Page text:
Wednesday, November 25, 2015

Selling Shell

Gov. Corbett has two weeks to sell his Shell deal to the Legislature as part of a new state budget. There are better ways to do so than he's tried so far.

Selling Shell


Despite Gov. Corbett's horrible start on selling his Shell deal to lawmakers and voters, there's a better-than-even chance he can get it done as part of a new state budget due July 1.

Corbett and the administration erred badly by not owning the proposal to grant Shell $1.7 billion worth of incentives to build a huge processing plant in Western PA.

The story broke as a corporate giveaway at a time the guv wants to cut funds for education, social services and more; it underscored his reputation for taking political contributions from energy companies (especially natural gas) then declining to tax them.

Even if there were confidentiality issues with Shell because of simultaneous plant-siting negotiations with other states, Corbett could have/should have rolled out the plan as a jobs project in process, using whatever details he could to start selling it.

More coverage
Shell tax breaks would pay off for Pennsylvania

Plus, even after the story was reported by the online news service and spread quickly as a gift to a corporate energy giant from a pro-business Republican, administration response was weak and unconvincing.

But now, with the budget deadline in sight, there is at least some effort to explain benefits of the proposal.

State Labor & Industry Secty. Julia Hearthway, for example, makes a case in Monday's Inky.

And the overall argument isn't bad: the tax credit (which, presumably needs to be locked in before Shell starts construction of the $4 billion plant) doesn't take effect for five years; denying it won't free up more money for this year's budget (or the next several) and could drive Shell to another state such as Ohio or West Virginia; the deal could mean tens of thousands of construction and manufacturing jobs, and the taxes from workers and businesses that spin off the project would in the long run outweigh the state's investment.

If Corbett lost (or looses) this potential project, media would excoriate him for laziness, ineptitude and short-sightedness. He already earned such hits for his initial handling of the Shell deal. Now he has a chance to rescue it -- and his woeful communications efforts.





Daily News Political Columnist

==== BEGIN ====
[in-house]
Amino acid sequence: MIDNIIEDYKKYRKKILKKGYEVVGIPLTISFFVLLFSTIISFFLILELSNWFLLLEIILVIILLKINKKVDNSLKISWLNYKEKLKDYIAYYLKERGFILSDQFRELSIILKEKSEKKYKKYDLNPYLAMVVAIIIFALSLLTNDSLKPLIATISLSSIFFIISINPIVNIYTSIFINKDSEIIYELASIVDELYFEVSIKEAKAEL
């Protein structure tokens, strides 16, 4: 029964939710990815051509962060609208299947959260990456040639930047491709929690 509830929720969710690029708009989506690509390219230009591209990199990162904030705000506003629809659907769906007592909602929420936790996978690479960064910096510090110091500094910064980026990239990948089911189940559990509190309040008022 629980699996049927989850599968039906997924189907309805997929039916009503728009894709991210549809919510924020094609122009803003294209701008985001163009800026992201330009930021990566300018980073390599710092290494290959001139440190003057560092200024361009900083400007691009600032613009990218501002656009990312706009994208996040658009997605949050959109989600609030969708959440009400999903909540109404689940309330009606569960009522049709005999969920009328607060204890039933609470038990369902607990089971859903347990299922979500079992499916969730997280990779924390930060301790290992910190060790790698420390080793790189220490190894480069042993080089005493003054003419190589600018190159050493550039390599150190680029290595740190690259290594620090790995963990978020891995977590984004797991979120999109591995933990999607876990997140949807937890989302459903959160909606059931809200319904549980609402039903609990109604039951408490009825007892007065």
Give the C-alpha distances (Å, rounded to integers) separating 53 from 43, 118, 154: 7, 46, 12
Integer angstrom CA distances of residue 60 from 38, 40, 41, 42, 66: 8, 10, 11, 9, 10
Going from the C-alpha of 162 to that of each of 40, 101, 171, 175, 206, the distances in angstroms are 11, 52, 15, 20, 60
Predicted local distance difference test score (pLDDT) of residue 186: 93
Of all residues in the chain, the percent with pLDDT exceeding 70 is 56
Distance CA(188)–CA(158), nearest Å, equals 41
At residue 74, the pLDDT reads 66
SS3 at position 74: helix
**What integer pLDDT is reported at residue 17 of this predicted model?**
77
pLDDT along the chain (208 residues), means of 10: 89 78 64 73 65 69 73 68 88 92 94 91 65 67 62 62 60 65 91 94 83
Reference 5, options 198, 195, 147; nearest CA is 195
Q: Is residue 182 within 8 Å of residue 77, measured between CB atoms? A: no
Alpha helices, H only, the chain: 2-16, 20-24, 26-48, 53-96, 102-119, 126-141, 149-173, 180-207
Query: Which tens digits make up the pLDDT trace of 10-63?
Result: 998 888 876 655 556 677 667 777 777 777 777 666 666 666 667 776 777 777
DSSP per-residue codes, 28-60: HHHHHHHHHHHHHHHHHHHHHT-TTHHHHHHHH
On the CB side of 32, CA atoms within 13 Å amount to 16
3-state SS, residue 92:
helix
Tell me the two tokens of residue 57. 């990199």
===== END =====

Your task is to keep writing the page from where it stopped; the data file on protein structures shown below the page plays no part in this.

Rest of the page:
We encourage respectful comments but reserve the right to delete anything that doesn't contribute to an engaging dialogue.
Help us moderate this thread by flagging comments that violate our guidelines.

Comment policy: comments are intended to be civil, friendly conversations. Please treat other participants with respect and in a way that you would want to be treated. You are responsible for what you say. And please, stay on topic. If you see an objectionable post, please report it to us using the "Report Abuse" option.

Please note that comments are monitored by staff. We reserve the right at all times to remove any information or materials that are unlawful, threatening, abusive, libelous, defamatory, obscene, vulgar, pornographic, profane, indecent or otherwise objectionable. Personal attacks, especially on other participants, are not permitted. We reserve the right to permanently block any user who violates these terms and conditions.

Additionally comments that are long, have multiple paragraph breaks, include code, or include hyperlinks may not be posted.

Read 0 comments
comments powered by Disqus
About this blog
John Baer has been covering politics and government for the Daily News since 1987. The National Journal in 2002 called Baer one of the country's top 10 political journalists outside Washington, saying Baer has, "the ability to take the skin off a politician without making it hurt too much." E-mail John at

John is the author of the book "On The Front Lines of Pennsylvania Politics: Twenty-Five Years of Keystone Reporting" (The History Press, 2012). Reach John at

John Baer Daily News Political Columnist
Also on
letter icon Newsletter